The situation is a bit different in Spain. Tourism is older and people know the country (or at least, they think so). Elderly Northern European feel at ease here, have their extra newspapers, shops, churches, and doctors who speak their languages (sometimes). But you know that being a tourist (even a regular one) and a resident are completely different things. My mother tells me that her life here looks like a never ending holiday. But she has to go to the dentist, pay taxes, fill in forms for elections,… You do not do that on a holiday! Without our help, this “adventure” would never have been possible.
      Always more Canadian people hibernate here as well (they generally do not speak the language. It is probably not realistic to expect that elderly people learn a new language). One of them told me that taking the plane to Spain and renting a small flat here is cheaper than heating his house all winter in Canada. Maybe some of those people will end here one day as permanent resident as well.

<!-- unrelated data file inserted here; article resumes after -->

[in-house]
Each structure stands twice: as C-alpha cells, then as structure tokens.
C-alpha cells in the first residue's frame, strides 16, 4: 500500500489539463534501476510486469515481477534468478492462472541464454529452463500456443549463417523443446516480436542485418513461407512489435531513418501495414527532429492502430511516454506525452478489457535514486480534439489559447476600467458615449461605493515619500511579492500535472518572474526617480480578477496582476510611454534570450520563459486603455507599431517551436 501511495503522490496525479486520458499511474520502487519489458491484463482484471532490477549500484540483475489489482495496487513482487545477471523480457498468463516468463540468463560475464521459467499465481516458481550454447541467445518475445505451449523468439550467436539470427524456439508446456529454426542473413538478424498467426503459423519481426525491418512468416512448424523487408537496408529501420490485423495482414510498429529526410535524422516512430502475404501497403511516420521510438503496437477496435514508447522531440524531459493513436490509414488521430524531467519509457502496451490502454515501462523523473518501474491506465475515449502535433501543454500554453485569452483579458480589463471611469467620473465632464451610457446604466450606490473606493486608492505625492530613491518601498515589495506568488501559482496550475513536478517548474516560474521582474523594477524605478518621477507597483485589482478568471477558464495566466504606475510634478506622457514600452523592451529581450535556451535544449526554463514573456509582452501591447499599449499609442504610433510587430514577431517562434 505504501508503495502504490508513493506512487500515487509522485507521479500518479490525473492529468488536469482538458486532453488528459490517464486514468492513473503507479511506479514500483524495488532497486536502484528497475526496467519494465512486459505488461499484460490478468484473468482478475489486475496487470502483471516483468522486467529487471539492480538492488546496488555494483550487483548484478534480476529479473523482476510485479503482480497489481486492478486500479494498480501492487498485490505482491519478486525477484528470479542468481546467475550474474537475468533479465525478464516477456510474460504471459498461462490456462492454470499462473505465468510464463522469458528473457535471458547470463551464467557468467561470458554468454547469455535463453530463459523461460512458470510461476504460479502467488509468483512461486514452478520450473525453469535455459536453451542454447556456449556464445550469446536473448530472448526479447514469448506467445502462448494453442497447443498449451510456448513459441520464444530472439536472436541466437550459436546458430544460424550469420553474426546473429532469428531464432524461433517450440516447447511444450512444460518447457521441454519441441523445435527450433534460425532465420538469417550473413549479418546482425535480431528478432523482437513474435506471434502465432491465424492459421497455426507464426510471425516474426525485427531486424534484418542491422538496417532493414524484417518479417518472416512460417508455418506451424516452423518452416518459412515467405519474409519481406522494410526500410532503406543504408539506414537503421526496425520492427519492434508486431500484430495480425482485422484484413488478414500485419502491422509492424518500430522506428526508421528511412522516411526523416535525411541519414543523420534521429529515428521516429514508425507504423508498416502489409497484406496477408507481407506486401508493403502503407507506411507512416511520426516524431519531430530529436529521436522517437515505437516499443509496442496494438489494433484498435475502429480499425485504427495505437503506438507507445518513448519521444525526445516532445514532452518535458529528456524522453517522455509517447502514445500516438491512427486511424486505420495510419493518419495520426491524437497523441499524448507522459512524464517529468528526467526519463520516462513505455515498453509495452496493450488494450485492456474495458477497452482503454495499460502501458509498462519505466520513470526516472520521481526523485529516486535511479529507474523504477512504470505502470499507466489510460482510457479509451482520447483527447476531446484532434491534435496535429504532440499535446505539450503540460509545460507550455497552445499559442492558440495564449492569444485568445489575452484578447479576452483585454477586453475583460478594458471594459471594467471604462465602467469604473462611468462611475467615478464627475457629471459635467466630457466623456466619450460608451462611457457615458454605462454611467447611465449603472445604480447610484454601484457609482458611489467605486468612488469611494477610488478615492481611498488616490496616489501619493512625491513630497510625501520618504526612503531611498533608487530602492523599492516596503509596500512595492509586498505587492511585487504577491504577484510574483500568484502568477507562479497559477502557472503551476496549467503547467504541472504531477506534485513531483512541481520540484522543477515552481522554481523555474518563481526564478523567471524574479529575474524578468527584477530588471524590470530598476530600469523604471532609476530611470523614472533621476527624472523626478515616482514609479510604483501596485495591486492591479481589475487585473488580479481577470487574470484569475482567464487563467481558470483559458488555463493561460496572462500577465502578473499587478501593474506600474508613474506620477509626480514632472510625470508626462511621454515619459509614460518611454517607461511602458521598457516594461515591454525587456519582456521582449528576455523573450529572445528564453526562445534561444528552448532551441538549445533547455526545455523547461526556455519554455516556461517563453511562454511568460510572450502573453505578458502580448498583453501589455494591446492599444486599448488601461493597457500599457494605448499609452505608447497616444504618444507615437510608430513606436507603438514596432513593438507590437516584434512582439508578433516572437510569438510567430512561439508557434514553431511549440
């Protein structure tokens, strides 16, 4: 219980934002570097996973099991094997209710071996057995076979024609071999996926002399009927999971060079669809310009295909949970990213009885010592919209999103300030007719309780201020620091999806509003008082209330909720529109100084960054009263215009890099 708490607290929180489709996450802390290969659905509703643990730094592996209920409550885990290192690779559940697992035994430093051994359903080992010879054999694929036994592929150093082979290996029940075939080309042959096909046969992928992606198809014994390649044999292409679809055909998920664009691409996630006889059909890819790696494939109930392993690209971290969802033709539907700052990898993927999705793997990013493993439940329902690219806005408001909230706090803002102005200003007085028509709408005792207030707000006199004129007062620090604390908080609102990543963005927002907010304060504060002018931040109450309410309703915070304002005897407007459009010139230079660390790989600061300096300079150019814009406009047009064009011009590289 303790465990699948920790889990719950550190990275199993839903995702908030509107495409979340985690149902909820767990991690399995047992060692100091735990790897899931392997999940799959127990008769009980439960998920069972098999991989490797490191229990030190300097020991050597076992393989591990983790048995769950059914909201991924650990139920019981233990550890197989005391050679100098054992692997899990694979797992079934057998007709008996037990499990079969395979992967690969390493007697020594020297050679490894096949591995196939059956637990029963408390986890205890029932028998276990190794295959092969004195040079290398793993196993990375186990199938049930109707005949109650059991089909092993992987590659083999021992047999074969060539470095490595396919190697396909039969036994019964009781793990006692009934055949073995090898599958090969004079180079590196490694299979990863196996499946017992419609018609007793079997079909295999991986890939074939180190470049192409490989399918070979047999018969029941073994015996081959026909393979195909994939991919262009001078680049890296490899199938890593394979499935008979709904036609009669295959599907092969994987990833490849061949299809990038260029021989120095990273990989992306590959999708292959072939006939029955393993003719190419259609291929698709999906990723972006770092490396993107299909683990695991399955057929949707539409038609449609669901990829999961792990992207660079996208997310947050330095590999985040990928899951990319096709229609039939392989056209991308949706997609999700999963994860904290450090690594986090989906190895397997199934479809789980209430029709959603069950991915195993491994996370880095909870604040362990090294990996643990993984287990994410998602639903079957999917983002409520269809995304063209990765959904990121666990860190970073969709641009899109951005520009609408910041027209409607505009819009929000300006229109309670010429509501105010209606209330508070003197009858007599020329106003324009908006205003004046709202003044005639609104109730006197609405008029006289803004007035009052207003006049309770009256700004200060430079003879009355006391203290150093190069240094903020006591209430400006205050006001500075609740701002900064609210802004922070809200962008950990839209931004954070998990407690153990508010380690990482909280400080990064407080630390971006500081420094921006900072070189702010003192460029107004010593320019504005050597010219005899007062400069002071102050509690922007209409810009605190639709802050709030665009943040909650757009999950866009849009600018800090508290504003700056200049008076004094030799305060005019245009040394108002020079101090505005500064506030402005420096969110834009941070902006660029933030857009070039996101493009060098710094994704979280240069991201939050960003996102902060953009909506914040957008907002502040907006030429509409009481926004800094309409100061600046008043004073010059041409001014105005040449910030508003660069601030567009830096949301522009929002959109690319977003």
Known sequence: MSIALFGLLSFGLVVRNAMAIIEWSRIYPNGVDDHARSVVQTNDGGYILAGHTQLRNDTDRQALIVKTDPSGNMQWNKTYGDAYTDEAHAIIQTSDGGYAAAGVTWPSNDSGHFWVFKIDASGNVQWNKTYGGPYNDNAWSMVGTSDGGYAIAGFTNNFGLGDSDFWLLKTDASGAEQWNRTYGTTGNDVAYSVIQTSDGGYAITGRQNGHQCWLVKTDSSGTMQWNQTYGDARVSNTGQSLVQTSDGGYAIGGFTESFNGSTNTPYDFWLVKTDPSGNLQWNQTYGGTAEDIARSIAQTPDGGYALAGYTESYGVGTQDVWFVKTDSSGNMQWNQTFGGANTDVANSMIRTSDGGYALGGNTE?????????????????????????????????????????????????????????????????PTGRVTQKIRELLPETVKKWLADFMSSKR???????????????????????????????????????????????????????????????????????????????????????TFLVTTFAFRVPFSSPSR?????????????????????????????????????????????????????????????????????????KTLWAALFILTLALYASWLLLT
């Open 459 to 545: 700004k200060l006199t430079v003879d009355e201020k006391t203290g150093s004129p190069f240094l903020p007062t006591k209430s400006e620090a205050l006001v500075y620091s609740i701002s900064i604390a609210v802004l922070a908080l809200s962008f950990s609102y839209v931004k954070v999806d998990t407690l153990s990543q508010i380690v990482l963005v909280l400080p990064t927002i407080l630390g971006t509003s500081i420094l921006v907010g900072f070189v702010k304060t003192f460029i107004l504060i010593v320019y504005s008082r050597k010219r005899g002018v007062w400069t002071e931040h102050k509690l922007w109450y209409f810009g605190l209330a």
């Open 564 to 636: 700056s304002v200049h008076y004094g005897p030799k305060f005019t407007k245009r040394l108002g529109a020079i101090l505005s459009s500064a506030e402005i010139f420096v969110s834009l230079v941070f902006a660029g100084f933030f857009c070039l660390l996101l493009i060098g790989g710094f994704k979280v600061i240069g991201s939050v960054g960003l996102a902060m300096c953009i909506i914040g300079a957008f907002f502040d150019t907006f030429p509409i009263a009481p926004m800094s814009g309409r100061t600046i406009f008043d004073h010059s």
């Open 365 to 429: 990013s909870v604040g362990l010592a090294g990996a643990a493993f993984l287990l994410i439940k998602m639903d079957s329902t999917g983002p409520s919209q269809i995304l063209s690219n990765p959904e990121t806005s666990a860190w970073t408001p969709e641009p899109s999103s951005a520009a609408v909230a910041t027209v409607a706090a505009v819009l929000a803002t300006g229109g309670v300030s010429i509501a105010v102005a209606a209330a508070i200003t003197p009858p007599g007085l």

I think a mixture of funny articles (your own perception of this other old-new country) and real practical advise would be a good idea. Probably this would have to ripe, you must feel if you would like to do it or not.


  12. Yes, I need to include other topics in addition to translation, since I am no longer as interested in it, at least not as much as I used to be.

    Thanks for the input.

    Incidentally, Czechs hate it when you say that their country is in Eastern Europe …. because it isn’t. It’s in Central Europe. It has been there for a few thousand years, and on political map of “Eastern Europe” for about 40 years. Once upon a time East Berlin was in Eastern Europe and West Berlin was in Western Europe, but that was an anomaly, and now it’s history.